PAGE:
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  • ALIEN Design Consultant

8 Common Mistakes in Professional E-mail Communications

Working remotely nowadays is making e-mail communications more intense than before. But have you ever thought about if you have been doing it the right way? We might not put concern about e-mails if we are corresponding with our team or close colleagues because we have interacted with them directly, and we might already have our style of communications that we understand. But how about your superiors, clients, or partners that you only connect through e-mails most of the time? Here, we enlisted eight common mistakes people usually make in e-mail communications in the workplace. 1. Not paying attention to the subject line

Be clear of what you’re about to say in your e-mail. It will help the recipient to immediately understand the issue that you’re bringing up, and it will be easier for you to track the e-mail based on its subject later on as well. If it’s really urgent, adding marks such as ‘Urgent:’ or ‘Priority’ will also alert the recipient to check your e-mail immediately too. 2.Not addressing the recipient properly

Show respect to your recipient by mentioning their names on the greeting. If the recipients are more than one person, you can mention their division, or if they come from different divisions, you can still be polite by using salutations such as ‘Dear colleagues,’ ‘Dear team,’ or ‘Dear all,’. If you don’t know the recipient’s name, you can use their position in the company or ‘(Company Name) Representative’. 3. Being too personal

Sometimes adding a little bit of genuineness or personality in your e-mail might make the e-mail less awkward and friendlier, but don’t overdo it. Depending on whom you’re corresponding with, it is fine to add simple anecdotes such as mentioning the weather, congratulating an achievement, or wishing them health or a good rest. But hold yourself up from telling unnecessary jokes, talking about your personal problems, using too much emojis, or worse, talking about other people.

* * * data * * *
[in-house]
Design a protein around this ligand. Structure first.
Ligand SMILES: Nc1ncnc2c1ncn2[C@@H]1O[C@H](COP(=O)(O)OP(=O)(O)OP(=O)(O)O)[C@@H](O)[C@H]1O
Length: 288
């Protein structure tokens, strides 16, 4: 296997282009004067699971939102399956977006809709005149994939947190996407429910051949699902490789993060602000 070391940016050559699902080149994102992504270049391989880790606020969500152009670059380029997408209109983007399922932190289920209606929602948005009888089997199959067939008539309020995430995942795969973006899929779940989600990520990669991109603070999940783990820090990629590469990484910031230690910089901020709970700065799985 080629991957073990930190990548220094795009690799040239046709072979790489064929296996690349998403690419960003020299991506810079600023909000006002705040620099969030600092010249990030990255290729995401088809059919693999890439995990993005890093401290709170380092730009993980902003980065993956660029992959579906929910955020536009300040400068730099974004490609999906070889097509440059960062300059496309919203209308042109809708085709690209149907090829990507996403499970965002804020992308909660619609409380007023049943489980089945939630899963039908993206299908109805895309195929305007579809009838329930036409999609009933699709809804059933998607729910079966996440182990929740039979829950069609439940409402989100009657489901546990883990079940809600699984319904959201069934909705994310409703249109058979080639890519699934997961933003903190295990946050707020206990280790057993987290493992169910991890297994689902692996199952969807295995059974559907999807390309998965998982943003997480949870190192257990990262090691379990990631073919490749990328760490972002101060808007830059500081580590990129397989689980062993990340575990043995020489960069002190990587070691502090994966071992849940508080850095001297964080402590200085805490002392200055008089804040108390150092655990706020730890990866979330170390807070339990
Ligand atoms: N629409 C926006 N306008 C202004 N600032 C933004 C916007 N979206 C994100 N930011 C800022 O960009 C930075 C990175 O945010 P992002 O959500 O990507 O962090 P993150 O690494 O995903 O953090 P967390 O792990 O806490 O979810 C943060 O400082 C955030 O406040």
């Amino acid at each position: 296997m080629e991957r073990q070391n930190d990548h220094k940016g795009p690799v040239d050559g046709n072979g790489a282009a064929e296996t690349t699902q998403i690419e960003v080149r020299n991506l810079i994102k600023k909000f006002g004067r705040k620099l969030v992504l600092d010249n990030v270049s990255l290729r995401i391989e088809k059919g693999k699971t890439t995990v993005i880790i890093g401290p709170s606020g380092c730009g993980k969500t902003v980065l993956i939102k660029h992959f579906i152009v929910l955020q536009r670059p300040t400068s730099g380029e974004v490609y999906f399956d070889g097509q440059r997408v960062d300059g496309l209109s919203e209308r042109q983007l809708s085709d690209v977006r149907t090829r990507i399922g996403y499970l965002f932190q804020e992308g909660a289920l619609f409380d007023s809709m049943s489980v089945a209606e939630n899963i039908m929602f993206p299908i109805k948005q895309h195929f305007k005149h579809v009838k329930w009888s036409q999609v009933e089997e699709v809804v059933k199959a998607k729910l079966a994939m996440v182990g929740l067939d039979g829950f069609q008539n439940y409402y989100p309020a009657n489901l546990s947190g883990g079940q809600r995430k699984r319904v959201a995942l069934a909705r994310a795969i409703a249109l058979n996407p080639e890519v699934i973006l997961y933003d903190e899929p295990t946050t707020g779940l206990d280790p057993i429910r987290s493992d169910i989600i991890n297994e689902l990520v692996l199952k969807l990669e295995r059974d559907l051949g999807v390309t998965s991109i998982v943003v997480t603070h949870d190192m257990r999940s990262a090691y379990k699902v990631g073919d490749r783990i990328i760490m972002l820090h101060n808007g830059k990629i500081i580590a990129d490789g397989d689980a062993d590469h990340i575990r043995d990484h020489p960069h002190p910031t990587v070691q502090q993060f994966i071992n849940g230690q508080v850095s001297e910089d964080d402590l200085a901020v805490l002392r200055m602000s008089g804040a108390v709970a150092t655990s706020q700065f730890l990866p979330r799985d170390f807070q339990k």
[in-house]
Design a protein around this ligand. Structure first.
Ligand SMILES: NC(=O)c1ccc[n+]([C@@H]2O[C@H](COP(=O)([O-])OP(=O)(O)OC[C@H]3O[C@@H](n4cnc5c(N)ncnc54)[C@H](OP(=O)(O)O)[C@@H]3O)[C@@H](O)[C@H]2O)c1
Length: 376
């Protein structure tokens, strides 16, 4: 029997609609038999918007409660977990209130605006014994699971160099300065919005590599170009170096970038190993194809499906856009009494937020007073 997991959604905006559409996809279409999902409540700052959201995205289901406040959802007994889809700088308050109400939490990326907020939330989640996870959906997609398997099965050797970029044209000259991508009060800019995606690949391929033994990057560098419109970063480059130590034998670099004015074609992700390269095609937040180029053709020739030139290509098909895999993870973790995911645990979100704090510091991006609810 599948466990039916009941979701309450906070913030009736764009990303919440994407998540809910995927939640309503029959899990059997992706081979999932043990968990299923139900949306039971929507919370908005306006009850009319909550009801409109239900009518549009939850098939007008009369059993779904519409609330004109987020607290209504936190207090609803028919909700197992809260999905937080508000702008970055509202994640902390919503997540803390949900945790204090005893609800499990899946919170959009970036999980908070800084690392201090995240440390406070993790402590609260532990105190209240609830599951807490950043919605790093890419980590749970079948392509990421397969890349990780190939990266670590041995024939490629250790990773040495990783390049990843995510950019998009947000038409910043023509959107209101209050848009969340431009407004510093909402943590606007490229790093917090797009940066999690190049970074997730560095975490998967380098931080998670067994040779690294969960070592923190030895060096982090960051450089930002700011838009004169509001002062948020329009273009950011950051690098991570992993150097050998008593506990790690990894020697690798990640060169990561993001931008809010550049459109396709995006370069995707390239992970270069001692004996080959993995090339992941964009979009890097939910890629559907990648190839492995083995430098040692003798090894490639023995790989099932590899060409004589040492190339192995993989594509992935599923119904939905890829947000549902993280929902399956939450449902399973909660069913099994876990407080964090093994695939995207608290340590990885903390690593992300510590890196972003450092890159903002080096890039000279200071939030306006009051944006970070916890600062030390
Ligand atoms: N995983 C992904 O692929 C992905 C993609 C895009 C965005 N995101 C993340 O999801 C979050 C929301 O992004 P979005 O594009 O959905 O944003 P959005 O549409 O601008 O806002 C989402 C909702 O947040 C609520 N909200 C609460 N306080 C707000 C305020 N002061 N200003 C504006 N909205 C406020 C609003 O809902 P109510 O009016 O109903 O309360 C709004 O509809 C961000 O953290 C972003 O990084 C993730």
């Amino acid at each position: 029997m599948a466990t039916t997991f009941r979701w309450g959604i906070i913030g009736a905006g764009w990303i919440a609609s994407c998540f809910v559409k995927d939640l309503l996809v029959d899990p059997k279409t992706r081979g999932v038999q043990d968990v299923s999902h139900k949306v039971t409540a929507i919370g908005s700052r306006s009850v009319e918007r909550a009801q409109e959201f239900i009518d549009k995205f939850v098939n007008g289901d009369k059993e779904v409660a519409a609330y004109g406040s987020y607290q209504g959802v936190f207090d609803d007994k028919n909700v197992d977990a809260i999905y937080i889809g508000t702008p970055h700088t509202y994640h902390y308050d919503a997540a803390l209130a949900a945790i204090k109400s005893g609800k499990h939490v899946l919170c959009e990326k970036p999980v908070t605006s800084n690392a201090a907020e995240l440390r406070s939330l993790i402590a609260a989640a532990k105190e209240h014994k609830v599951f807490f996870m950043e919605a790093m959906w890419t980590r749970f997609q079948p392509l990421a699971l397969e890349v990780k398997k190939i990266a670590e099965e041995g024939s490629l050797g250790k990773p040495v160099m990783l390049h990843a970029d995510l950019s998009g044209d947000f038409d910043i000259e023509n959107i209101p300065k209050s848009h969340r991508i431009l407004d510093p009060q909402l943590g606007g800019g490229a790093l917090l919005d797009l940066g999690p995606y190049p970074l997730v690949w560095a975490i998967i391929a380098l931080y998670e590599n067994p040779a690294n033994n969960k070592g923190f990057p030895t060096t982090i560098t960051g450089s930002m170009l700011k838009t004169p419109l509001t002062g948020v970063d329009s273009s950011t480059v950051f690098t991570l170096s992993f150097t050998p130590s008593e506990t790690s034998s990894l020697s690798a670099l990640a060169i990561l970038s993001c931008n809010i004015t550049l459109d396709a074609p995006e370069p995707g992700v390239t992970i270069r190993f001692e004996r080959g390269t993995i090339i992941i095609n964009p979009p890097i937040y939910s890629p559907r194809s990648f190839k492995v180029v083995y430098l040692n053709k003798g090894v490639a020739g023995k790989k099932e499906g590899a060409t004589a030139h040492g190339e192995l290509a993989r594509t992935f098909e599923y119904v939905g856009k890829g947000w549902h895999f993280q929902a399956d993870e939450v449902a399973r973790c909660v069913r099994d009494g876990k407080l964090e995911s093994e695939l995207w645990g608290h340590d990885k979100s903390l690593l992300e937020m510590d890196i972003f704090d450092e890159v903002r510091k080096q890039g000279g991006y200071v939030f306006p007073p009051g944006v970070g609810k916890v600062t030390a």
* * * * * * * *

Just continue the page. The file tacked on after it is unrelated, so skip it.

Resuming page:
4. Not double-checking the attachment

Most of the time, we mention in the body email that we already attach something in the e-mail for the recipient to see—and most of the time, the attachment is just not there. Spare a few seconds to double-check if your attachments are successfully uploaded in the e-mail to avoid an awkward second e-mail saying you forgot to attach it. 5. Taking too long to reply

Replying to an e-mail within 24 hours is common etiquette. Even when the e-mail you receive is just an ‘FYI’ one, you can be polite by replying with a simple thank you. And if you need to review some other things before you reply, you can still reply to let them know that you’re working on it and you will get back to them as fast as you could. If you happen to miss the chance to reply immediately, simply apologize and explain your situation briefly in the following e-mail. However, don’t rush to reply as well, since it will risk you in making unnecessary mistakes.

6. Underestimating spacing, grammar, and punctuations

They are just commas, full stops, spellings, spaces, and what else? Is it that important? Yes, it is. E-mail texts without proper punctuations and basic grammar practice will make you look unprofessional and as if you’re not taking the recipient or the work seriously. Always do a final proofread before you send your e-mail. Even if it is short, spacing and paragraphs will make your e-mail easier and less wordy to read.

7. Not including a 'call to action'

Miscommunications often happen because of this. We are sending a proposal to get approval, but we just didn’t hear any response. Or we are sharing our pitch deck to ask for feedback, but we only receive a ‘thank you’. Always be clear at the end of the e-mail about what do you expect from the recipient. Use sentences like ‘Please kindly review and let me know if you approve the proposal or if you have any more suggestions...’ or ‘Would you mind taking a bit of your time to review this pitch and give me some honest feedback to improve it?’. And if you just send an ‘FYI’ e-mail, also say things like ‘Thank you for taking your time reading it’ or ‘I hope this may be of any help’. If you have a deadline or a designated time for a meeting, also be clear on mentioning the time that you needed their response by.

8. Not checking the recipient(s) properly

Even though you receive an e-mail from someone who cc-ed the email to 20 other people, it doesn’t mean you have to click the ‘reply all’ button. Unless it’s a topic that is followed by the team you know about, reply only to the person who sent you the e-mail.


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